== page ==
An O-ring seal on Challenger's right solid rocket booster failed due to, among other causes, very cold temperatures at the launch site. Morgan watched as the crew of seven, including McAuliffe, perished.
President Reagan assured the nation that, "There will be more shuttle flights and more shuttle crews and, yes, more volunteers, more civilians, more teachers in space. Nothing ends here; our hopes and our journeys continue."
But the political reality was otherwise.
It became very obvious that NASA viewed the risk of shuttle flight as too high to put a common civilian . . . on board," says Harwood of CBS. "They wanted people with professional qualities that you needed for the mission and it looked to us, or it looked to me personally, that the teacher in space program would never happen and that Barbara Morgan would never get a chance to fly."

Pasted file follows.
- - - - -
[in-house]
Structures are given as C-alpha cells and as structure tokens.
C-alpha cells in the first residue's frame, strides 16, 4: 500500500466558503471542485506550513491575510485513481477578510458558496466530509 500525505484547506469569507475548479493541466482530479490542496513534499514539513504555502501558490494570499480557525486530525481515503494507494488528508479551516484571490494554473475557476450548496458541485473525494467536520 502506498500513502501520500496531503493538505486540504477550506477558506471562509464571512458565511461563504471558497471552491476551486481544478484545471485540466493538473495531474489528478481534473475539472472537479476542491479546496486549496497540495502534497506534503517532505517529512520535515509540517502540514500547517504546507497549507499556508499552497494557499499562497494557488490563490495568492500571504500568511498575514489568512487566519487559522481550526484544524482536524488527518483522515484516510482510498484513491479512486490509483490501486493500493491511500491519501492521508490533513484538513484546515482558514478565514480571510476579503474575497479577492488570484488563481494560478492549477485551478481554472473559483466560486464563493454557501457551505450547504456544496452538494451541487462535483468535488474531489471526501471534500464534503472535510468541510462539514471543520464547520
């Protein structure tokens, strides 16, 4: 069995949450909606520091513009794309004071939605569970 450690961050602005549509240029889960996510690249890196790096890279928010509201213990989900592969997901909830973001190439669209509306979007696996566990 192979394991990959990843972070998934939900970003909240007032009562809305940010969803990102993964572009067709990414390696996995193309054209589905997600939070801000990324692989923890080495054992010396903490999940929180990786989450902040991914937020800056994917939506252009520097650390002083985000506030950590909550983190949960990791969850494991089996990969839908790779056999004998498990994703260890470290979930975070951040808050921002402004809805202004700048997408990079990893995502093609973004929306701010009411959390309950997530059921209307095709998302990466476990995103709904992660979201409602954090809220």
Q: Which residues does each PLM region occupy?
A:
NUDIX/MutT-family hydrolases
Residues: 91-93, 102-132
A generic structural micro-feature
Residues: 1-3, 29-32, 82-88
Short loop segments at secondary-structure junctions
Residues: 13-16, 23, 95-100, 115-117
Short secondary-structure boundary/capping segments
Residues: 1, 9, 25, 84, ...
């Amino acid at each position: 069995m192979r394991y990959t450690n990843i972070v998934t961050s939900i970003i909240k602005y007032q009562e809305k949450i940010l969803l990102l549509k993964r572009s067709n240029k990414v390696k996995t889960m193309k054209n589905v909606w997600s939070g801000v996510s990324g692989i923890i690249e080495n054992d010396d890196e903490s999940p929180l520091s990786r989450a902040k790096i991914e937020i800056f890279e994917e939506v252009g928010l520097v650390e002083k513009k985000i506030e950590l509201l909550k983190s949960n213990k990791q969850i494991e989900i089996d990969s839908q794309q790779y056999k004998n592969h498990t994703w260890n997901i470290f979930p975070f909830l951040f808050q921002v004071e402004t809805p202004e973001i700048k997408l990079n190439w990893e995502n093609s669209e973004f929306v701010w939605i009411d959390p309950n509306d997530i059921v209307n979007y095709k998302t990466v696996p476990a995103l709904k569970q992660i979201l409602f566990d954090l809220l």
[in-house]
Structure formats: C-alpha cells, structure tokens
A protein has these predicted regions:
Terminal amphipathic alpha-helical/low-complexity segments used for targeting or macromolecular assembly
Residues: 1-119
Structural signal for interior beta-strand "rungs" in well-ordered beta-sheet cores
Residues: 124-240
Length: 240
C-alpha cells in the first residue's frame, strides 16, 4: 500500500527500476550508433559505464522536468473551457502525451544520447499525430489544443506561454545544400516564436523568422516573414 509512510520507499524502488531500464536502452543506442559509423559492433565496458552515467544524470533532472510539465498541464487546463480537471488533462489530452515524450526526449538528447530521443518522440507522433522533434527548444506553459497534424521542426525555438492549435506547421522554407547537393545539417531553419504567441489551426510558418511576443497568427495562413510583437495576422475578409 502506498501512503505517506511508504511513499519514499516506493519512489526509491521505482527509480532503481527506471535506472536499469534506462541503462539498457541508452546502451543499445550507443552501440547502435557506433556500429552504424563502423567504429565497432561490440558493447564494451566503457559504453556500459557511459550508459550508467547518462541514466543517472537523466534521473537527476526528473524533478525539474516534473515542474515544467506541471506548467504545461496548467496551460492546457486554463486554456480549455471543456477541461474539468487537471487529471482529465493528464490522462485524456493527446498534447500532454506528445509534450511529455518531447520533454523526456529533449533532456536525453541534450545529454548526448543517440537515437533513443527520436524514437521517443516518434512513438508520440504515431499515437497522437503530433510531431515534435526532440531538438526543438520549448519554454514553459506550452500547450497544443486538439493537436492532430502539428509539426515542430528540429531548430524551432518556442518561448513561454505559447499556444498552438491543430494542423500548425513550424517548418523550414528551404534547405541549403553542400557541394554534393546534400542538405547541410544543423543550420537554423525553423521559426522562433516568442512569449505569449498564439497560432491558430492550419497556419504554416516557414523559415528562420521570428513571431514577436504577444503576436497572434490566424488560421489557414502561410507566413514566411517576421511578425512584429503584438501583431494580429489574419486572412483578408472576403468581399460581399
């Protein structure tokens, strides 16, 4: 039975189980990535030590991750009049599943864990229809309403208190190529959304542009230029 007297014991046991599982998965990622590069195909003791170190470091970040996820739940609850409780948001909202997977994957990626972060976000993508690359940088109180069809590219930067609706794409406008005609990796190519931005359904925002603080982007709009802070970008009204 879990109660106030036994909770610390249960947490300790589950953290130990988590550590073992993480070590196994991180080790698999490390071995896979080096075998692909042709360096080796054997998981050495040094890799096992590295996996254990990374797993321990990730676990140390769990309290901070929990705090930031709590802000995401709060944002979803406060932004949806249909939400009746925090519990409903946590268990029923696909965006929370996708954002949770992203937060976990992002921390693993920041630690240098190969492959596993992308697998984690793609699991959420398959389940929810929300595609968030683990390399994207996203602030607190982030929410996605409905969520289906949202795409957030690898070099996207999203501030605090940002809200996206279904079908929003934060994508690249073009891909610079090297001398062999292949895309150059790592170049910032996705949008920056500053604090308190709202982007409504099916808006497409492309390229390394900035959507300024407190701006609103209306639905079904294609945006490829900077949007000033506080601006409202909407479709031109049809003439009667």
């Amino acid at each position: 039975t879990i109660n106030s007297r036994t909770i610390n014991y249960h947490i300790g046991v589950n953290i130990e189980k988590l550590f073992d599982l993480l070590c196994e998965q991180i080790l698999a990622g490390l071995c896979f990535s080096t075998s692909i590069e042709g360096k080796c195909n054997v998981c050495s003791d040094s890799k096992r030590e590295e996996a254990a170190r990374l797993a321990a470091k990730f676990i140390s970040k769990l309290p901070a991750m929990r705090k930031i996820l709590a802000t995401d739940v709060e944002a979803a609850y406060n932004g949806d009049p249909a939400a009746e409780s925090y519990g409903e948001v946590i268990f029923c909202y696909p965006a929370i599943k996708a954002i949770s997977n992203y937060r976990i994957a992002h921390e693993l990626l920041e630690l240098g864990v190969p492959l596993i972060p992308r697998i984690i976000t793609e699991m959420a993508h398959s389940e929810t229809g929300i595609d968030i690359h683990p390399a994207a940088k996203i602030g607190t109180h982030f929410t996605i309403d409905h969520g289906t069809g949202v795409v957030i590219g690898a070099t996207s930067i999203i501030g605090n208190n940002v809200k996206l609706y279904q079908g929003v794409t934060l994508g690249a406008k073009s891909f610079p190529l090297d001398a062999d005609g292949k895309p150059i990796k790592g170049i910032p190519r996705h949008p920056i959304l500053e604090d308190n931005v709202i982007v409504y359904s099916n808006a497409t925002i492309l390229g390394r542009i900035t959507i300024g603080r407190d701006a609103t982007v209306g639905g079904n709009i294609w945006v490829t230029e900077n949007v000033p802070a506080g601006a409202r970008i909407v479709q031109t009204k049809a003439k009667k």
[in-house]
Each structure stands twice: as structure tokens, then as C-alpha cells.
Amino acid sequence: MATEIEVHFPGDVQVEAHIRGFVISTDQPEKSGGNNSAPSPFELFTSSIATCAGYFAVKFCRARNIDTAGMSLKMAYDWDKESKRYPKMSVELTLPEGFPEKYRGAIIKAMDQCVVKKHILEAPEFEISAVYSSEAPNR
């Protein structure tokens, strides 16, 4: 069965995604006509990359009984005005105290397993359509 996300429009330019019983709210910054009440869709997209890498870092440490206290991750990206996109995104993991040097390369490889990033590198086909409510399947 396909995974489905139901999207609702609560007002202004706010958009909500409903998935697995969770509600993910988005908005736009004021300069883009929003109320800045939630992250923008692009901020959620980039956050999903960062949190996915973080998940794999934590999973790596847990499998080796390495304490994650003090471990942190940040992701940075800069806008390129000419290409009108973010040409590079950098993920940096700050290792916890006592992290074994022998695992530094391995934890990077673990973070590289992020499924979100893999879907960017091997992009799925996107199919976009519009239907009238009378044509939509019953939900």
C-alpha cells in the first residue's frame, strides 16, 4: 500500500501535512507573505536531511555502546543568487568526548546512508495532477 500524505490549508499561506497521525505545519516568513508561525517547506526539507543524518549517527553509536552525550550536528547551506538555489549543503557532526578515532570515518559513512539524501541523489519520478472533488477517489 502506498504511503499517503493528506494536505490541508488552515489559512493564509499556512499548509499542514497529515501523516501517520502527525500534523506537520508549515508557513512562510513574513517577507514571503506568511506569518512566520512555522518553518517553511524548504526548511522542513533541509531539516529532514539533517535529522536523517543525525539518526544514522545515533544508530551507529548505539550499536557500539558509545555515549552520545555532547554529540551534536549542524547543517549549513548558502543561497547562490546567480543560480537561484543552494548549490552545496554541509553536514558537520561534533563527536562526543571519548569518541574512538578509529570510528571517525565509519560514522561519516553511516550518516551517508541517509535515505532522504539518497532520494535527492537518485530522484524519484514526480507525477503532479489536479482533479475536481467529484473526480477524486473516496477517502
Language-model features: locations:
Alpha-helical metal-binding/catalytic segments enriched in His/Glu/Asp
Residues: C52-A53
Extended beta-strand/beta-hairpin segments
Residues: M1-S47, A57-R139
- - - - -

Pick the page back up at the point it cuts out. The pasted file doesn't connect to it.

Friends, though, held out hope when they heard NASA Administrator James Fletcher on The MacNeil Lehrer Newshour say he thought Barbara Morgan would be the next civilian in space, when NASA determined it was safe.
And Morgan herself remained undaunted, as can be seen in this 1986 interview with Bruce Reichert of Idaho Reports.
While Morgan continued to teach and make special presentations for NASA, 12 more years would go by.